What Technologies Do Carriers Use to Check LTL Shipments for Inaccuracies?

    Most carriers have invested in cutting-edge technologies to determine what rebills need to be added to shipments. Freight costing has long been a challenge in the industry, and carriers operating on thin margins rely on accurate freight data to maintain efficiency and profitability. The good news is that the cost of many of these technologies is going down, and smaller to mid-sized shippers can now take advantage of them as well to ensure they have the most accurate information possible with which to obtain a quote. This benefits both shippers and carriers, as carriers are not losing money on incorrectly billed shipments, and shippers are avoiding unexpected surcharges added to their freight bills. Here are some of the technologies carriers are using to check the weight, measurements, and class of a shipment in seconds.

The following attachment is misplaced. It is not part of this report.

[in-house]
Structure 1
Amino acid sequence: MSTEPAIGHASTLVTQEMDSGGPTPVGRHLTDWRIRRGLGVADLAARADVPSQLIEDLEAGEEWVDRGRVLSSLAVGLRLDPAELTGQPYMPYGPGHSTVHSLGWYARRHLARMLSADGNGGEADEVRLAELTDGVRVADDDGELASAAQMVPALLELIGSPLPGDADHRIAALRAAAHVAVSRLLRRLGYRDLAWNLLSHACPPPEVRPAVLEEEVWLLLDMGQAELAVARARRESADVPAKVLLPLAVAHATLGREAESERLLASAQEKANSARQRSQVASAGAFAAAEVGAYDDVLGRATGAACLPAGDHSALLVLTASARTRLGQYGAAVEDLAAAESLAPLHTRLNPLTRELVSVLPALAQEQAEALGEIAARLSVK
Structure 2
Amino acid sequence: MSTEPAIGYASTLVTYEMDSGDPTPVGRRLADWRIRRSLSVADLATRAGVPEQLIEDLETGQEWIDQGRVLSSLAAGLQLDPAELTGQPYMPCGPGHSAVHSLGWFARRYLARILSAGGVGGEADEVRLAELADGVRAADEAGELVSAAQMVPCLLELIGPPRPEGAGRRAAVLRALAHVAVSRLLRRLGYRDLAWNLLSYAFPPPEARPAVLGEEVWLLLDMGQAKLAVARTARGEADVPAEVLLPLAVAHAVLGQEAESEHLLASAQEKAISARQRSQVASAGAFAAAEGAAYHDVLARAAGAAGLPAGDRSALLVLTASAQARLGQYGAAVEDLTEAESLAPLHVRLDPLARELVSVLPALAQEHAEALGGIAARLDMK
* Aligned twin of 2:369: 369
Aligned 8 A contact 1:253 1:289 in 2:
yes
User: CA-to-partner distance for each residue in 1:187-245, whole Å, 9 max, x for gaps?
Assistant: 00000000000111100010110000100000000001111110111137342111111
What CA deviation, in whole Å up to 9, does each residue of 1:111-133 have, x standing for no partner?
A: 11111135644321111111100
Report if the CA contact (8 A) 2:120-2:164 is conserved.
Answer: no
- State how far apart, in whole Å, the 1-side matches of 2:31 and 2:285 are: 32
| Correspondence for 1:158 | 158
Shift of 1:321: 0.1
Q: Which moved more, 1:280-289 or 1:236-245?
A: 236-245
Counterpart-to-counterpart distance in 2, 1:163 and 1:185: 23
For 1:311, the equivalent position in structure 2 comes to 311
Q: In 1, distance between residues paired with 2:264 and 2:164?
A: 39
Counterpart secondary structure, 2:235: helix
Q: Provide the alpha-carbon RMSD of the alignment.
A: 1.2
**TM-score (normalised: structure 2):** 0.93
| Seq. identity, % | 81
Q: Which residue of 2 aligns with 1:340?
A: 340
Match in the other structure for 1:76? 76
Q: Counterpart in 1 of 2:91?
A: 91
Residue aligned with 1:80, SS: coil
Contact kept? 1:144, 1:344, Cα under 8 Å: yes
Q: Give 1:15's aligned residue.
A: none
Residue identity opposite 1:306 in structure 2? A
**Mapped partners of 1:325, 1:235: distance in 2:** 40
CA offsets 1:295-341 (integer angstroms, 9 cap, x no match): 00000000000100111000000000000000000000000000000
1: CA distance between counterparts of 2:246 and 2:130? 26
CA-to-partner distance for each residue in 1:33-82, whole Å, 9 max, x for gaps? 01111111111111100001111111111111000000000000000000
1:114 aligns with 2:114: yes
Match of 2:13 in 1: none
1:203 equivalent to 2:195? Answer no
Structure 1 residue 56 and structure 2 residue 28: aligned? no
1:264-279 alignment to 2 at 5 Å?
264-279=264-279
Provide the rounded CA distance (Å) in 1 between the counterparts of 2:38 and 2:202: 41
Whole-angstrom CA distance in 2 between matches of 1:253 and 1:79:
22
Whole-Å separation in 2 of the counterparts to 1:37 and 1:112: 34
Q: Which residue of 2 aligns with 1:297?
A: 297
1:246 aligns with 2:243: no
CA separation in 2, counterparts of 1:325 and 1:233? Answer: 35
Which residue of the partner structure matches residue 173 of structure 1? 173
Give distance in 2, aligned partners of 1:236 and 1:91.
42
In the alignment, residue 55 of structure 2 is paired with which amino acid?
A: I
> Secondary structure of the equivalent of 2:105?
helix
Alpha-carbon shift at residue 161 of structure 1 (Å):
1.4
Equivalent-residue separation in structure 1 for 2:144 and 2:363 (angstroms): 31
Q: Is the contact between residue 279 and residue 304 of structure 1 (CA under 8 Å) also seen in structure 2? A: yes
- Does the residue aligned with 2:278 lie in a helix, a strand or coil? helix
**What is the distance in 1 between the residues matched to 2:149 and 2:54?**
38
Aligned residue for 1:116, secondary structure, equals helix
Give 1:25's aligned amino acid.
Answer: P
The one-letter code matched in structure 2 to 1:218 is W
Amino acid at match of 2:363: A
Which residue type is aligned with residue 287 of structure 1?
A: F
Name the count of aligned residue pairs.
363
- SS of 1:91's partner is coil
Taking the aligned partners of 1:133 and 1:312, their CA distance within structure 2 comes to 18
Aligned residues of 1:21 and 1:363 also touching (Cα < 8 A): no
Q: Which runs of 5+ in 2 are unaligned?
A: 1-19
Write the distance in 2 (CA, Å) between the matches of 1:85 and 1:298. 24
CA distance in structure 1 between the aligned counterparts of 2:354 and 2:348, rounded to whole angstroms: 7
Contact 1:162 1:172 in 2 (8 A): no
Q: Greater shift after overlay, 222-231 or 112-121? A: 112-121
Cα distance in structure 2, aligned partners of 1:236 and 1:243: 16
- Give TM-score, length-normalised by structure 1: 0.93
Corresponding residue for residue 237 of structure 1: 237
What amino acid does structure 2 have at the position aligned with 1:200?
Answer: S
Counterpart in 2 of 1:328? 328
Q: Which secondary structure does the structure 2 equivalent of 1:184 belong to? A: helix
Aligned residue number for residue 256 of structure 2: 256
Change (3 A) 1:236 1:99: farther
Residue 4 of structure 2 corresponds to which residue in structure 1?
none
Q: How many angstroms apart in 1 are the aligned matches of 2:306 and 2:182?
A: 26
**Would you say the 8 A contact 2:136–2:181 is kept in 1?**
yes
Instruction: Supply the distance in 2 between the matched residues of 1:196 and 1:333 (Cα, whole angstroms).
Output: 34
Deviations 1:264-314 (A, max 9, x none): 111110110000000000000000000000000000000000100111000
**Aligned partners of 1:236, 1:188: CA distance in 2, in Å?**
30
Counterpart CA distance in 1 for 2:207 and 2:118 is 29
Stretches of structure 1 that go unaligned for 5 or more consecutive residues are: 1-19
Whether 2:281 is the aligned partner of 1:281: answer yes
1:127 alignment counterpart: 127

Forklift Scales 

    Forklift scales provide a continuous means of collecting freight data while minimizing operational downtime. Forklift scales integrate warehouse production and data management into one motion, allowing carriers to lift, weigh, record, and move a shipment at once. Forklift scales consist of a scale unit bolted onto the forklift carriage that utilizes electronic weight sensors to record accurate weights, even when the forklift is in motion or the pallet is off-center. This piece of equipment has allowed carriers to gather precise weight information for nearly all shipments without sacrificing efficiency.


    Dimensionalizers are weight and volume measuring devices for measuring three-dimensional or cube-shaped objects such as boxes, parcels, cartons, pallets, or packages. Dimensionalizers run on automated systems that scan the weight and dimensions of an object in seconds using laser sensors, removing the possibility of human error and calculating shipping rates quickly and efficiently. While dimensionalizers have been used in parcel service for decades, the equipment has only become common in LTL in the last 8-9 years. Using dimensionalizers in freight terminals has allowed carriers to scan nearly every shipment that passes through their doors, cross-reference the information with the digital bill of lading (BOL) to determine any discrepancies, and issue rebills to shippers automatically.